After almost 10 minutes of standing in line at a coffee shop, Ritchie Torres realized he only had cash in his pocket — a form of payment no longer accepted by this store.
“It was a humiliating experience,” he said. “I remember wondering aloud, how could a business refuse to accept cash, which is legal tender?”
Torres is a City Council member in New York. He says his constituents, especially seniors, have also complained about a spurt of cashless stores. So Torres led the charge on a bill to ban businesses from rejecting cash, which New York’s city leaders passed almost unanimously last month.
A similar ban is slated for a hearing in Washington, D.C., on Feb. 13. In the past year, Philadelphia, San Francisco and New Jersey have also banned cashless stores — a rare case of governments fighting a tech trend before it spreads far. Massachusetts has required establishments to accept cash since 1978.
“A cashless economy is not an inclusive economy,” said Tazra Mitchell, policy director at the research and advocacy group DC Fiscal Policy Institute.
Excluding people from paying with cash means “essentially discriminating against people who are low-income, people who are homeless, also undocumented,” she said.
Getting a credit or debit card often requires a form of ID, a utility or another bill, money to deposit and a financial history. Mitchell said that in Washington, D.C., nearly a third of residents rely on cash every day because they don’t have a card or even a bank account.
In fact, as cities have cracked down on the cashless economy and spurred new conversations about whom it leaves out, some of the biggest names that tried going cashless — Amazon’s automated convenience store Go and salad chain Sweetgreen — have reversed their policies in favor of accepting cash.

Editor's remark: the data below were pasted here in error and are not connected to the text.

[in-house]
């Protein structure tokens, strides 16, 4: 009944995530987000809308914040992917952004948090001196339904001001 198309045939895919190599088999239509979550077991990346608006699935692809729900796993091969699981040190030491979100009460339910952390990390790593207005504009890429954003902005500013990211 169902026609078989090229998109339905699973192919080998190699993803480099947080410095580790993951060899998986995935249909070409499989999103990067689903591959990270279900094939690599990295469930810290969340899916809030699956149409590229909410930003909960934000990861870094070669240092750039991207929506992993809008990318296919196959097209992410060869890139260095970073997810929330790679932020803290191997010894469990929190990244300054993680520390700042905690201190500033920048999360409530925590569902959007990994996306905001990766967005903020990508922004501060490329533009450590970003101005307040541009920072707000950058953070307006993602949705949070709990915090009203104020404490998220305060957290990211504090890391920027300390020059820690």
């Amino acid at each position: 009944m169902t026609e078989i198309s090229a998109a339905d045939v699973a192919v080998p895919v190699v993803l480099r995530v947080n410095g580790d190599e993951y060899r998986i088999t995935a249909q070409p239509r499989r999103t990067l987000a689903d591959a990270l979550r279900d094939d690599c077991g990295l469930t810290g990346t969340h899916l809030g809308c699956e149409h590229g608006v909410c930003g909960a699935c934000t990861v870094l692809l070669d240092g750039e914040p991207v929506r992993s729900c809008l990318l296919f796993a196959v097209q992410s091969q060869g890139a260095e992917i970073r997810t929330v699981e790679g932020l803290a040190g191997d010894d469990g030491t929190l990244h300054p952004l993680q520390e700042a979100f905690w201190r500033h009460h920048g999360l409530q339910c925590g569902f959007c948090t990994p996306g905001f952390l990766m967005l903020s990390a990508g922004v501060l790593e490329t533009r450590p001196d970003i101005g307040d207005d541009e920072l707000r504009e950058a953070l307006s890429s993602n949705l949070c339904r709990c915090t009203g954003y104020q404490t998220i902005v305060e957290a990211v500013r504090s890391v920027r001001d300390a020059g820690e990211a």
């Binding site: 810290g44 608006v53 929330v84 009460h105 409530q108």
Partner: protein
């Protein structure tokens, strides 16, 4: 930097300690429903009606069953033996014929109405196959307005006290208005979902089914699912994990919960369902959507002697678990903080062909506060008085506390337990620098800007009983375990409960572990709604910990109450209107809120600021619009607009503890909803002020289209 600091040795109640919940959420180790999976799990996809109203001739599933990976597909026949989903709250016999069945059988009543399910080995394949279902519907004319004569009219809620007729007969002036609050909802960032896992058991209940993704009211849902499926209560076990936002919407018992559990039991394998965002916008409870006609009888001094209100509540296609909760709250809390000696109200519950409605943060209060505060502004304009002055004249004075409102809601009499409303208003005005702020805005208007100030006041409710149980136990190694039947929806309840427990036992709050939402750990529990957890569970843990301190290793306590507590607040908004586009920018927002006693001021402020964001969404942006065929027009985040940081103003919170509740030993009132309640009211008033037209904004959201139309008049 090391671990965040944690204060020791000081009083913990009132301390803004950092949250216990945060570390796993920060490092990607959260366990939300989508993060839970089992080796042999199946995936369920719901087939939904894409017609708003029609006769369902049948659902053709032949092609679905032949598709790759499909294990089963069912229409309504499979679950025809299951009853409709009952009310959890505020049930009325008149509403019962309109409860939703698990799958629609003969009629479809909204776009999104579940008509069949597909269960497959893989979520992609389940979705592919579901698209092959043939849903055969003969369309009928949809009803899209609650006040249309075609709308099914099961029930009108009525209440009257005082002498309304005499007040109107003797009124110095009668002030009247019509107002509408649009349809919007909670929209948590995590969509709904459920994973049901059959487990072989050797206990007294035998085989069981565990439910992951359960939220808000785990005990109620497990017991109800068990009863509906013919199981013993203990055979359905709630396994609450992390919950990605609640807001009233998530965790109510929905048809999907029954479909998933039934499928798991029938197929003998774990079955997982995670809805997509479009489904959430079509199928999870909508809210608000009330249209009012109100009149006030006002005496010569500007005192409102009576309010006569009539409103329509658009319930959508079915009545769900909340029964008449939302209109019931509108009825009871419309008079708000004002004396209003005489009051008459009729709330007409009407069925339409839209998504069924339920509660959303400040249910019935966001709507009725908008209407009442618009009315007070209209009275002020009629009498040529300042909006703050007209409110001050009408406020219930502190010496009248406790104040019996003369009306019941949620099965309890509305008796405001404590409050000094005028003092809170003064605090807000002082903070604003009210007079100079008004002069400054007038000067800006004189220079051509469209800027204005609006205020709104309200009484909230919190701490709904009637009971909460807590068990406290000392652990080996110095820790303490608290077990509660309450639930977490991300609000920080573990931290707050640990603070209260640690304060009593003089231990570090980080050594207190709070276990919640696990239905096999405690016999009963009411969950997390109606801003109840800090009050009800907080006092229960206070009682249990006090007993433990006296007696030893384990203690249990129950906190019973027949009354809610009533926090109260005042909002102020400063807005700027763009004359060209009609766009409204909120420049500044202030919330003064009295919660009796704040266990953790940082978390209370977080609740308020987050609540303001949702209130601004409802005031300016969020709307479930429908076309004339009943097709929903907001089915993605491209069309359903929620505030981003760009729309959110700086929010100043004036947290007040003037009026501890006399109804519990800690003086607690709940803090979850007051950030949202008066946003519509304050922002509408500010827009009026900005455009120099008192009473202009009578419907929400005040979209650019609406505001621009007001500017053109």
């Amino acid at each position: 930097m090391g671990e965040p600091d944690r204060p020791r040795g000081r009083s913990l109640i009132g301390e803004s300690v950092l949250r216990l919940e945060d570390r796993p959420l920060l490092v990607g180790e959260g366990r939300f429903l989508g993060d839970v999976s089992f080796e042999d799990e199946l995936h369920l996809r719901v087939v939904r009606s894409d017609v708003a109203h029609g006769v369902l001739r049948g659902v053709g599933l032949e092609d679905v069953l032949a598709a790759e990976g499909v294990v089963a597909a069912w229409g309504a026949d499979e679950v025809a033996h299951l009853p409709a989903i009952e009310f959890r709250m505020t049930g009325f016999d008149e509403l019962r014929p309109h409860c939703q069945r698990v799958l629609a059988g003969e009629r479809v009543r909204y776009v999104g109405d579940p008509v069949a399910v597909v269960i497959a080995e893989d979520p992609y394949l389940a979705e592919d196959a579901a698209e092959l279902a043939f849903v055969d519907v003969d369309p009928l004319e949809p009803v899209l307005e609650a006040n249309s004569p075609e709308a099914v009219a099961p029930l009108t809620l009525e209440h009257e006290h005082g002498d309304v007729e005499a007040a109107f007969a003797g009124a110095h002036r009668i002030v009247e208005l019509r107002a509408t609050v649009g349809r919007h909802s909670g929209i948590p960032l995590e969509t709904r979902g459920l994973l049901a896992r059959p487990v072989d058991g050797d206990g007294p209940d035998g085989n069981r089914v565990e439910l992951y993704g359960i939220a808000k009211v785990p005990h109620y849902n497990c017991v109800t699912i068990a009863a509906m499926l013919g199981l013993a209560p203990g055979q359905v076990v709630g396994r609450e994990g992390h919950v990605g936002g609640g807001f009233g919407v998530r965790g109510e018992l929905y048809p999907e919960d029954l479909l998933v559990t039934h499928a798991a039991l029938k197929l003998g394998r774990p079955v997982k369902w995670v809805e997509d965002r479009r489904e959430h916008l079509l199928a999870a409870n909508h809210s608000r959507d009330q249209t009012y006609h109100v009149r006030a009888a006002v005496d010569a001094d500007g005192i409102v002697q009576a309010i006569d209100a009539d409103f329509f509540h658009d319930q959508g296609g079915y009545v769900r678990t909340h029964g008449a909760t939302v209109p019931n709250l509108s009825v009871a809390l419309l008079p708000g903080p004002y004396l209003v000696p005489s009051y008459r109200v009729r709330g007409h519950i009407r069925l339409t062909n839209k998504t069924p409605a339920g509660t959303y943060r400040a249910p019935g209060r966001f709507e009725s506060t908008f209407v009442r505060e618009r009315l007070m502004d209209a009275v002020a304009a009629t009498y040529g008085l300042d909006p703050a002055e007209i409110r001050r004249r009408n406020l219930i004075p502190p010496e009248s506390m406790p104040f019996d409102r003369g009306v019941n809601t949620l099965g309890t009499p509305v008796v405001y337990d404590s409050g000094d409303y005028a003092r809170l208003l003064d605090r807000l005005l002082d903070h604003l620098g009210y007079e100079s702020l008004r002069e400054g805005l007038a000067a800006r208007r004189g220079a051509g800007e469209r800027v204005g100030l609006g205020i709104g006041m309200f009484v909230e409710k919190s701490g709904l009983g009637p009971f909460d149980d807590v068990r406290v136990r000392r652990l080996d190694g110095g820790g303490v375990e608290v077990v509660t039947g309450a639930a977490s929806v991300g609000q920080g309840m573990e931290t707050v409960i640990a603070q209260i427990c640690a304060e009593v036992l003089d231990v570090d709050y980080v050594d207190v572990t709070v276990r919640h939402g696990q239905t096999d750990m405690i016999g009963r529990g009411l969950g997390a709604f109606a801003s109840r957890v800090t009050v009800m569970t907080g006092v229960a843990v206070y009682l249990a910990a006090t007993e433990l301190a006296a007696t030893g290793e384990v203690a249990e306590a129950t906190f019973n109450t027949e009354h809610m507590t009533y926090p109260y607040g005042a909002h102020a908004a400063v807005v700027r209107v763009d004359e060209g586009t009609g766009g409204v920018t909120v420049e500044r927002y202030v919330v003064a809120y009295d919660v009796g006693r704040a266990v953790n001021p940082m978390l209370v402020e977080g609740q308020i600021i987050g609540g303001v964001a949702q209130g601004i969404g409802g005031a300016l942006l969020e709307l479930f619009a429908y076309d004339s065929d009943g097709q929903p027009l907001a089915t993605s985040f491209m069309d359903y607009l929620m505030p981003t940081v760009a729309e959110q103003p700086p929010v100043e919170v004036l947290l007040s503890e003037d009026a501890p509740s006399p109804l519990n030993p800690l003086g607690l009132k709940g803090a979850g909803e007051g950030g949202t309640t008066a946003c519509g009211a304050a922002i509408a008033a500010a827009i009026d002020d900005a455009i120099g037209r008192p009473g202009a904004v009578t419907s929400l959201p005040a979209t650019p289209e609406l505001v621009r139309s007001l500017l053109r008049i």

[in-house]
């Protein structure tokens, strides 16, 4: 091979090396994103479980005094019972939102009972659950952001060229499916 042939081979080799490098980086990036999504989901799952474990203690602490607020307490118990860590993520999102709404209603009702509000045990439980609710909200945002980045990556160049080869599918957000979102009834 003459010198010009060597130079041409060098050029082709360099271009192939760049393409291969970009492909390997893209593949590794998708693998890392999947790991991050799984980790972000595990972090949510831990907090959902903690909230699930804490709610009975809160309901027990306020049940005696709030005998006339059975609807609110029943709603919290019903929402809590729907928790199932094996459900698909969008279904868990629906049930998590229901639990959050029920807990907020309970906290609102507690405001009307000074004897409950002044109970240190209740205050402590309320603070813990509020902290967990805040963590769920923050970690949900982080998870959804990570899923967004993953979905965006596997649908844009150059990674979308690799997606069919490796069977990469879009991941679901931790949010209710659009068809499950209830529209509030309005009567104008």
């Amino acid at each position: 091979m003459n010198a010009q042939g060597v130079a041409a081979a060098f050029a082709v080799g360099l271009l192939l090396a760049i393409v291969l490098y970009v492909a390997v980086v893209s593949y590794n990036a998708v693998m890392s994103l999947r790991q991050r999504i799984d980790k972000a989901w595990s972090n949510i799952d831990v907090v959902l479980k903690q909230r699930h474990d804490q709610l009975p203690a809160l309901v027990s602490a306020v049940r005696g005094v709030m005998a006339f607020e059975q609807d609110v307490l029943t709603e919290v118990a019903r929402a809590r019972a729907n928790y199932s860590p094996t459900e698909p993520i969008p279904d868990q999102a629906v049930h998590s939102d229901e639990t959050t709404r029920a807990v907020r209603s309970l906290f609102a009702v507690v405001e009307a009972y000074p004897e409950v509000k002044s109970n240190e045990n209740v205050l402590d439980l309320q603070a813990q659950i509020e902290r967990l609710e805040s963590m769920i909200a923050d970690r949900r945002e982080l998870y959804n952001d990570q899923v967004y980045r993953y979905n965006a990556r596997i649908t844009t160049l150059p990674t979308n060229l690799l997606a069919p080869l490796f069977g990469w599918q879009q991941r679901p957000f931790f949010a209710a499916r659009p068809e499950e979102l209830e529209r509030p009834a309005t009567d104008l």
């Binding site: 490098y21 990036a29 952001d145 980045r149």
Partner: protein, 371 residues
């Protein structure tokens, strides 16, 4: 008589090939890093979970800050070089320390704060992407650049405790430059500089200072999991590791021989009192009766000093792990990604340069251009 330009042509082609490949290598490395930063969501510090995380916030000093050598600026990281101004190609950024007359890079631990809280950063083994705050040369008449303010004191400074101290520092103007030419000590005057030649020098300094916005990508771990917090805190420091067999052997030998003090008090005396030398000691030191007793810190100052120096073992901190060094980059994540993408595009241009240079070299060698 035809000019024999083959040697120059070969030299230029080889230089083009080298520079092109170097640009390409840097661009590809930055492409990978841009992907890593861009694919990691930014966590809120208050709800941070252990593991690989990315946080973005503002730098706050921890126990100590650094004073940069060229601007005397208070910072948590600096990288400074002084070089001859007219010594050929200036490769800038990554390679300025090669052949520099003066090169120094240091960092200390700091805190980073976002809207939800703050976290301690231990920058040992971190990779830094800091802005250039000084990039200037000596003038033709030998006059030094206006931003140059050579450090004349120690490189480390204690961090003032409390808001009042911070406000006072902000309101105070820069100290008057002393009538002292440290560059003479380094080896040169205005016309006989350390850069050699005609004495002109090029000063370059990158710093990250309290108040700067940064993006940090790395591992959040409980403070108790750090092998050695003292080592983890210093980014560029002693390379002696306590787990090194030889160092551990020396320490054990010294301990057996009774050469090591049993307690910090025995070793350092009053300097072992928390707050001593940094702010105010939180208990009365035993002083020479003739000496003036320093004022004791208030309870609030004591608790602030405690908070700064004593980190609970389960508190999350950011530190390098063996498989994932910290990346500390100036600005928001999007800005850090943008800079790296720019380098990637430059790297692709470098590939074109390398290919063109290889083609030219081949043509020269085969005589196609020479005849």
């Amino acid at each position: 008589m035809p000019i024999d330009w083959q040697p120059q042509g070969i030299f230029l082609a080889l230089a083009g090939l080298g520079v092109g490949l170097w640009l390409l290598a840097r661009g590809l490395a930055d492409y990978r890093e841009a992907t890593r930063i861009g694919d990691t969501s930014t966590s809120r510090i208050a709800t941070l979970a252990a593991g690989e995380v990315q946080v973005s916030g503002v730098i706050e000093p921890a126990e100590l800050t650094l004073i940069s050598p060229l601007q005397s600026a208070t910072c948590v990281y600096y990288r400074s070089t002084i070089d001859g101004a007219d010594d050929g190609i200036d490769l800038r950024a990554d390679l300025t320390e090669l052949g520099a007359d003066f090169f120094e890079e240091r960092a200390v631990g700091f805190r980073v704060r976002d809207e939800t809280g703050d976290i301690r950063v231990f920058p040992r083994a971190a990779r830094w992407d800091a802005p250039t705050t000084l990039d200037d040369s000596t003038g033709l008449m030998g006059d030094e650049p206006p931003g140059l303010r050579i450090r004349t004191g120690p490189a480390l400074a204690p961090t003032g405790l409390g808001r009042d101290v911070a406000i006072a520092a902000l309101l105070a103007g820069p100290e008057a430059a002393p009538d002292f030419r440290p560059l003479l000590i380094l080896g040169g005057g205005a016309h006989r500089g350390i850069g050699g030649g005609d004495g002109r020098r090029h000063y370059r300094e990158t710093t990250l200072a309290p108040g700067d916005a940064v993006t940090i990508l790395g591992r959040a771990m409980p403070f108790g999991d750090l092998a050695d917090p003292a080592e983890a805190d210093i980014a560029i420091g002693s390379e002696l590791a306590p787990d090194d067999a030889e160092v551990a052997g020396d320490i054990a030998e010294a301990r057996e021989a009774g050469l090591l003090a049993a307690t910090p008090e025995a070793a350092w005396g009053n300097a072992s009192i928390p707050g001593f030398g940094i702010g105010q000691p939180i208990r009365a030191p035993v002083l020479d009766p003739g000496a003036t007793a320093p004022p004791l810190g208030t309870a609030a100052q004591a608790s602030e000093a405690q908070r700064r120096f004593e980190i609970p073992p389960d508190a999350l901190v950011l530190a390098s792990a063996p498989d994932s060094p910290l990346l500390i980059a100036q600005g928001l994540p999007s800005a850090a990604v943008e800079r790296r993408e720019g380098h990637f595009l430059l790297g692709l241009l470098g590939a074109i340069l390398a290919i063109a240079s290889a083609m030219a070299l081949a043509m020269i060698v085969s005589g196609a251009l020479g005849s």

“Going cashless had … positive results, but it also had the unintended consequence of excluding those who prefer to pay or can only pay with cash,” Sweetgreen officials wrote in a Medium post.
These reversals show that the market is working to respond to its communities, said National Retail Federation General Counsel Stephanie Martz. She said new laws are “a solution in search of a problem” as the number of businesses to go cashless is very small — in part because each card transaction comes with a fee the business has to pay.
Credit card companies, which get a cut every time a card is swiped, have rewarded the cashless trend. For example, in 2018, Visa paid $10,000 each to 50 businesses that stopped accepting cash.
And some store owners have argued, cash is inefficient. For example, it slows down the line, requires armored cars, and attracts break-ins or skimming by workers.
And indeed, cash is becoming less popular among U.S. shoppers. The Federal Reserve found in 2018 that cash had stopped being the No. 1 payment choice — overtaken by debit cards.
But cash is still the most common way people pay amounts under $10 or $25 — especially among those older than 55 and younger than 25. And some people prefer cash for privacy reasons — to protect their purchase history from being tracked by advertisers or banks.
Cash also might carry potential psychological and financial benefits for consumers.
Cash is “going to feel much more painful to give up because we can see it outflow from our hand,” said Avni Shah, assistant professor of marketing at the University of Toronto. Her research found that when people pay in cash, they are more mindful of their spending — willing to spend less to begin with — but they also value their purchases more and feel more loyal to the seller.
“With cash, we can feel this emotional attachment and we value what we have a bit more,” she said.
Shah acknowledged that different businesses may have priorities other than loyalty, such as convenience and speed of getting the customer in and out of the store. Opponents of the bans on cashless establishments have argued that businesses should be able to make these decisions for themselves.
“We don’t think that in five years laws that ban stores from going cashless are going to look smart,” Martz said, envisioning a near future where everyone has access to digital payments thanks to advances in financial technology. In that future, she argued, banning businesses from going cashless could hamstring them from becoming more efficient.
But Torres and Mitchell said cashless laws are there to balance technological progress with an economy that’s fair and inclusive.